Adelphi professors are combining “A" for Arts with STEM (science, technology, engineering and mathematics) to create innovative learning experiences.
While the STEM acronym (science, technology, engineering and mathematics) has been in use for several decades, STEAM is a way of integrating the arts with STEM to encourage student inquiry, critical thinking and dialogue.
“STEAM places a high value on creativity and innovation,” said Cindy Maguire, Ph.D., associate professor of arts and design education, acting associate dean of the College of Arts and Sciences, and director of Adelphi’s undergraduate art and design education program. “It’s about how artists and designers incorporate technology, engineering and science into their art making. We invent to learn rather than learn to invent.
“In a rapidly changing world,” she continued, “it is important that we educate well-rounded global citizens who have the imagination and skills to conquer new challenges, such as climate change and poverty. There are kids in elementary school today who will have jobs that haven’t even been imagined yet. STEAM helps to prepare them for those jobs.”
In 2014, Dr. Maguire began to collaborate with three Adelphi science educators. Two years ago, they launched the STEAM Consortium, an effort to promote the infusion of STEAM into course content across the Adelphi curriculum.
A result is the University’s STEAMLab, a community makerspace equipped with a range of materials—from 3-D printers, laptop computers, microprocessors and sensors to sewing machines, scissors, paint and cardboard—where the Adelphi community can explore and invent using a variety of tools and materials.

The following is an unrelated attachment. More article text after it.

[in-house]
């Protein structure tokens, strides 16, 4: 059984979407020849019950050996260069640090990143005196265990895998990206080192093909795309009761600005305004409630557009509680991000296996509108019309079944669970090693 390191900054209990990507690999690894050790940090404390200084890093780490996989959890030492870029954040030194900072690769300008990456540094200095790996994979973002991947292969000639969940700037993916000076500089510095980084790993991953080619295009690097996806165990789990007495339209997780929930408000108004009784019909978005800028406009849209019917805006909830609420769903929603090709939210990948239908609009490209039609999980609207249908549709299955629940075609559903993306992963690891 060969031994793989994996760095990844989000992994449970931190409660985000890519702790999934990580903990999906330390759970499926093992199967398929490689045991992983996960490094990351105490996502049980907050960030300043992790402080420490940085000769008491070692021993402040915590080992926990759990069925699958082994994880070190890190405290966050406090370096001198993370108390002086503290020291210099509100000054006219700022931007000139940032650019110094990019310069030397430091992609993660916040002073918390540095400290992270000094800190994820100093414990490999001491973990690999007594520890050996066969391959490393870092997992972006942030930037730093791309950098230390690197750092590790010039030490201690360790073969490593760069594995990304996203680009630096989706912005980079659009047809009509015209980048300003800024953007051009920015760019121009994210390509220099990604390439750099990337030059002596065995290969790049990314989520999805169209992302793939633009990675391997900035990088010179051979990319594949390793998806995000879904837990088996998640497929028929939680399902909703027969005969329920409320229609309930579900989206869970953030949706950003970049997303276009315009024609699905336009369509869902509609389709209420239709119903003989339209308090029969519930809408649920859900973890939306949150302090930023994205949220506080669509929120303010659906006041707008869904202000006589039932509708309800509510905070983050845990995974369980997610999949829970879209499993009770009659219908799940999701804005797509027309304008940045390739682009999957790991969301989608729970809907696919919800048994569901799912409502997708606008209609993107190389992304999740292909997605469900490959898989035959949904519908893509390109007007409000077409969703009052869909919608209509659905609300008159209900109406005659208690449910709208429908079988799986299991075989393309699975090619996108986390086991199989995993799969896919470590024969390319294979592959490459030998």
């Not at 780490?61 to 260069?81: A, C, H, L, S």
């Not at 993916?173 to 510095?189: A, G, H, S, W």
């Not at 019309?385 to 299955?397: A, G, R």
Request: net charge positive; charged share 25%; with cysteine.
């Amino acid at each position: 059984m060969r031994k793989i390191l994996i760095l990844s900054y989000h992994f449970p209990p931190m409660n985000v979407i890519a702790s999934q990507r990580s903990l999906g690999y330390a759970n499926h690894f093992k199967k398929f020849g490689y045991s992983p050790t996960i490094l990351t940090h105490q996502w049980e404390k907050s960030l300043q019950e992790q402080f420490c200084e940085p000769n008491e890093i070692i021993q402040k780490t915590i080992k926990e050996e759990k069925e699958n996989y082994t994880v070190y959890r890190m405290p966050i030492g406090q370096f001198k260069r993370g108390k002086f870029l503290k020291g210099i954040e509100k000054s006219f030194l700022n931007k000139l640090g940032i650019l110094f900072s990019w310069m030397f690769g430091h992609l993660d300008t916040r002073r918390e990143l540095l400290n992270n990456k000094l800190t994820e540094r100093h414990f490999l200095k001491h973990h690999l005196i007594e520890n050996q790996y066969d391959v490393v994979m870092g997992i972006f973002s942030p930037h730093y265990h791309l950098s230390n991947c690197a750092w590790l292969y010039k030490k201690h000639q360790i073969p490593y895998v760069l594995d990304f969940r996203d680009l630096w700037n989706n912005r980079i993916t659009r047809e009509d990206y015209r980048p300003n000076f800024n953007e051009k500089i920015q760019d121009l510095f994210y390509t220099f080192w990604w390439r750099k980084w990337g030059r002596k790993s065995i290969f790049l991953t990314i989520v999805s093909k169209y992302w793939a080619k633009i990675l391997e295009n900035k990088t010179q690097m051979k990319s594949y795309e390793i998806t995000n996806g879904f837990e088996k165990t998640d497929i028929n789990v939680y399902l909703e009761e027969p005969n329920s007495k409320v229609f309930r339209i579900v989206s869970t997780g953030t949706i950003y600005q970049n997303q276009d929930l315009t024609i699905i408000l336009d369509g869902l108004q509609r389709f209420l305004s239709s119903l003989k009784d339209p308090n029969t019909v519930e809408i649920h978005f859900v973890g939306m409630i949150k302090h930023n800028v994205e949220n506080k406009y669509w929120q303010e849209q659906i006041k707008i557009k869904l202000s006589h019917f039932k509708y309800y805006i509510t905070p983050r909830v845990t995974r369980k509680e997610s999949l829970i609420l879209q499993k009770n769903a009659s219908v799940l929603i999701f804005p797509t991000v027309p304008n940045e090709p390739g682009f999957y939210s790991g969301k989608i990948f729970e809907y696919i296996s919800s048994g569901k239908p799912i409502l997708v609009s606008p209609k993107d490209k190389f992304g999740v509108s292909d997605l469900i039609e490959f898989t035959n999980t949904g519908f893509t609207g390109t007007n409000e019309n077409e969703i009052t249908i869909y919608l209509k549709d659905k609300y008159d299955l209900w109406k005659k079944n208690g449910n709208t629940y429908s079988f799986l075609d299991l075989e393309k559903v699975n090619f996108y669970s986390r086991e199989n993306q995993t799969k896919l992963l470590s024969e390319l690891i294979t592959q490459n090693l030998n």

“The STEAM Consortium aims to break down traditional academic silos and engender a broader spirit of creativity,” said Clinical Associate Professor Mary Jean McCarthy, one of Dr. Maguire’s collaborators.
The four professors have reached out to their colleagues across a wide range of disciplines to promote STEAM at Adelphi, and now professors on both sides of the STEAM equation are incorporating STEAM into their classrooms.
Harnessing the Power of STEAM
Here’s how three Adelphi professors are jumping into STEAM
Louise Geddes, Ph.D., assistant professor of English and a Shakespeare scholar, collaborated with Valerie Fazel, Ph.D., an Arizona State University professor, on a study of online Shakespeare fan fiction published in the journal Shakespeare. The two professors are currently co-editing a book that will explore the wide range of digital platforms a vast, variegated audience of Shakespeare aficionados are using to reinterpret the Bard’s words.
John Drew, assistant professor of communications, acquired a small, camera-equipped drone so that students can partner with Operation Splash, a nonprofit dedicated to cleaning up Long Island’s waterways, to use the device to produce a video. He envisions utilizing the drone in future classes to produce documentaries and videos about issues like drought and meteorological devastation.
Lee Stemkoski, Ph.D., associate professor of mathematics and computer science, developed a video game design minor that addressed both sides of the STEAM equation: the arts-related visual and narrative aspects of games’ stories and the technical components that bring those stories to life.
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